How To Talk to Your Kids

While this research says talking more and more encouragingly to your kids increases their IQ, this research says (I believe) when kids get to be about 5 years old then focused praise is better.

2 Responses to “How To Talk to Your Kids”

  1. Hi,

    I co-wrote the piece with Po Bronson, and I saw your post.  I’m sorry to say that you misunderstood the section of our piece that you referred to.

    Generalized praise can negatively affect even younger children. As we mentioned earlier in the piece, the “praise” effect has been even in preschool-aged children.

    The later comment regarding young children’s being more trusting of praise (while older children view it with an increasingly jaundiced eye) means that rather suggesting it’s beneficial to praise a younger child with a general, “You’re smart,” the opposite is true: it could be potentially be even more of a problem when the child is younger than when he’s older. That’s because the younger child believes that entirely, and thus if he fails, he will believe that he’s failed to live up to the label / identity you’ve given him. Whereas an older kid might dismiss it the comment as being insincere praise.

    Moreover, it’s probably even more important to give a specific comment to a younger child because they take you literally: they have less of an ability to discern what they did to trigger your praise.

    Regarding the NYT research that you linked to, I don’t think that’s inconsistent for a couple reasons. The NYT article, which I’d seen before, says parents who spoke praise also spoke a lot of other words, and it doesn’t say what types of praise were being used.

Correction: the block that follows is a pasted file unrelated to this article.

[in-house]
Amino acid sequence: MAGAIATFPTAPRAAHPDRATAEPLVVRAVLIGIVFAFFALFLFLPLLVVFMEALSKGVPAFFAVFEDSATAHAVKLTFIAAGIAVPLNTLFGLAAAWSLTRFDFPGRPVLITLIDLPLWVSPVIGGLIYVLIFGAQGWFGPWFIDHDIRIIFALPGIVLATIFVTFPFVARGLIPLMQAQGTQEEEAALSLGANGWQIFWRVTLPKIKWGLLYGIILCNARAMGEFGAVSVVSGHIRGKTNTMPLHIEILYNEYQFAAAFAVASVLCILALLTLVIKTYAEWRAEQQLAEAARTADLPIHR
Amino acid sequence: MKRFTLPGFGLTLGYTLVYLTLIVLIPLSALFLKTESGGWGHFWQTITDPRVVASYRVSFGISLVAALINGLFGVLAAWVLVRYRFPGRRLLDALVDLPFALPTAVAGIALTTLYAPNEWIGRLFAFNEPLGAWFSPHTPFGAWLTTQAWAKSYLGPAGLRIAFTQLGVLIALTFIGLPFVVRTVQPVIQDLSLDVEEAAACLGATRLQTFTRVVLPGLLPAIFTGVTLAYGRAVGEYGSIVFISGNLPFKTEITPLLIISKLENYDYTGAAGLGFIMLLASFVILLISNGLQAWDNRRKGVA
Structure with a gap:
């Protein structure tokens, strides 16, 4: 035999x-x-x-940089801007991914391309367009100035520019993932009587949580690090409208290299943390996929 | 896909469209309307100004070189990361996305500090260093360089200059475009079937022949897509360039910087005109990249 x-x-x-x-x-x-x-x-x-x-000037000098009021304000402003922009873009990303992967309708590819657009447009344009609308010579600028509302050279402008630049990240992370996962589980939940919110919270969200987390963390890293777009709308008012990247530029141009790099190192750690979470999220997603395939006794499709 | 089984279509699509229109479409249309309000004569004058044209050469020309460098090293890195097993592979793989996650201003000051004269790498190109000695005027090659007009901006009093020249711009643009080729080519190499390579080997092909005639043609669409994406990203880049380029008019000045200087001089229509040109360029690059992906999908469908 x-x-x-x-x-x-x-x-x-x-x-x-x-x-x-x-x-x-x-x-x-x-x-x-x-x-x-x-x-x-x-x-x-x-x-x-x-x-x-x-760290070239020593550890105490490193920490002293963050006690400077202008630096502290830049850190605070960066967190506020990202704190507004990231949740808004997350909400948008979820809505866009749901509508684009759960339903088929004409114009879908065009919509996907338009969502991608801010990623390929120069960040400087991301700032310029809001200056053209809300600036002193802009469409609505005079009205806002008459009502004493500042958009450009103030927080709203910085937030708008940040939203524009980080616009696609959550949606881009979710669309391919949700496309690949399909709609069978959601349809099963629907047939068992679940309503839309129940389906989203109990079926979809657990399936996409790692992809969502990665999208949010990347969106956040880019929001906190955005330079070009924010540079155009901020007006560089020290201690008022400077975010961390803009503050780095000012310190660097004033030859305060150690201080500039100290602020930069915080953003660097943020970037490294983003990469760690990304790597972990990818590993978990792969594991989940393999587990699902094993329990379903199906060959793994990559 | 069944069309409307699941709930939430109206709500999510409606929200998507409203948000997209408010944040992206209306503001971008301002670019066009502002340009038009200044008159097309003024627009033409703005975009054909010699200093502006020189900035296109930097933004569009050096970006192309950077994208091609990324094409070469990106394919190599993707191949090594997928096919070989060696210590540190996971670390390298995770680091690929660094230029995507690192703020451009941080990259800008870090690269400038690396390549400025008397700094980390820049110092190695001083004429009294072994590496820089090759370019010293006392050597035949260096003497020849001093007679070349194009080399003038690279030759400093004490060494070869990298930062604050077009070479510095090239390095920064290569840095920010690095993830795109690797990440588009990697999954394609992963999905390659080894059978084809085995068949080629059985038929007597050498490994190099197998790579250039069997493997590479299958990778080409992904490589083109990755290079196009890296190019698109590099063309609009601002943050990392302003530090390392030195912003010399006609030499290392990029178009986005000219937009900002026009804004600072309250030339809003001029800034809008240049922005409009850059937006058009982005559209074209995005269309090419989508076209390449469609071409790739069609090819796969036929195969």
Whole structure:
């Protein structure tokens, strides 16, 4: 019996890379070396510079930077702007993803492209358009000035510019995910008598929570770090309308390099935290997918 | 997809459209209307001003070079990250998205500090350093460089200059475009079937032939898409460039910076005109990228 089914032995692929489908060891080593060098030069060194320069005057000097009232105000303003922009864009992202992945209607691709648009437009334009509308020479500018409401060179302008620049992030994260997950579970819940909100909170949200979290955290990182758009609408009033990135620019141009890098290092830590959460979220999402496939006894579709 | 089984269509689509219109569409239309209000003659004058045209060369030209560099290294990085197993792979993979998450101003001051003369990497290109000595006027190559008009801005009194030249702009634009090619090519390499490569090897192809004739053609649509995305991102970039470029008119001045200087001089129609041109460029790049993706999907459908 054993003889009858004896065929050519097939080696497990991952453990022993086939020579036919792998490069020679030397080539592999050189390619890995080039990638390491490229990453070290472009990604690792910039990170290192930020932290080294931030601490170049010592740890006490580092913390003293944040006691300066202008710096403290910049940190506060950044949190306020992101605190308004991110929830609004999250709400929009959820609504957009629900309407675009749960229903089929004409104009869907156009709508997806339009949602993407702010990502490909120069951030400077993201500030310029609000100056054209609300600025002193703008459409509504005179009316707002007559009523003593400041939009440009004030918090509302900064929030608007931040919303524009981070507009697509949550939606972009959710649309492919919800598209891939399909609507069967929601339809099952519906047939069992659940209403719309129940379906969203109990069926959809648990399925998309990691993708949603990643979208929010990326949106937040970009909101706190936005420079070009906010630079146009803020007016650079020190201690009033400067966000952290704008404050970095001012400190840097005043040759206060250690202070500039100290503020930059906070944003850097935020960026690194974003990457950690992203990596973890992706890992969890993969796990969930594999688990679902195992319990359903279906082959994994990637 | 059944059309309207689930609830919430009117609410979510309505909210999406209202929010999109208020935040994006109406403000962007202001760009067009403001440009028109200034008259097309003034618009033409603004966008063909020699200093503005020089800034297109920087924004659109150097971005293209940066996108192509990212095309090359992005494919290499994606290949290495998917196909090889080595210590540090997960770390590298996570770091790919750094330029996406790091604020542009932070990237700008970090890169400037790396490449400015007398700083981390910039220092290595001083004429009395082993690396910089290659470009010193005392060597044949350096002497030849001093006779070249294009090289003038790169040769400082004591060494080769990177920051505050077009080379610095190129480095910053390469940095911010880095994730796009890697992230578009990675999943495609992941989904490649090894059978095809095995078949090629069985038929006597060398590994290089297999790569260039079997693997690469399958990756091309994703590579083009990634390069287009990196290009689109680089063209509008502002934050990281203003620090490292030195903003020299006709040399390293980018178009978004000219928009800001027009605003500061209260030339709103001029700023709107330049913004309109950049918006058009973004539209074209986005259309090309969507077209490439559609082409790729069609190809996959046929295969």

More importantly, our piece is not about IQ development, but the development of persistence – the ability to work hard through difficulty. Dweck’s research shows that children with the highest IQs have an even bigger reaction to praise – collapsing after failure – if they have a high IQ, which she attributes to those children being so very used to be praised for their intelligence.

    I hope that clarifies things for you.

    Sincerely,
    Ashley Merryman

  2. Victor says:

    OK, It’s years later and I now have two kids, and I still have trouble deciphering what Ashley wrote. Parents need simple rules we can follow because there’s no time to be academic in the heat of the moment of a busy day. Let me try to express the above praise-related behavior as a rule:
    RULE: Specific praise is better than general praise of the child, especially for younger children.

    Also relevant is http://www.alinatugend.com/myths-about-mistakes/ from which we could say:
    RULE: Praise for making a good effort rather than being smart.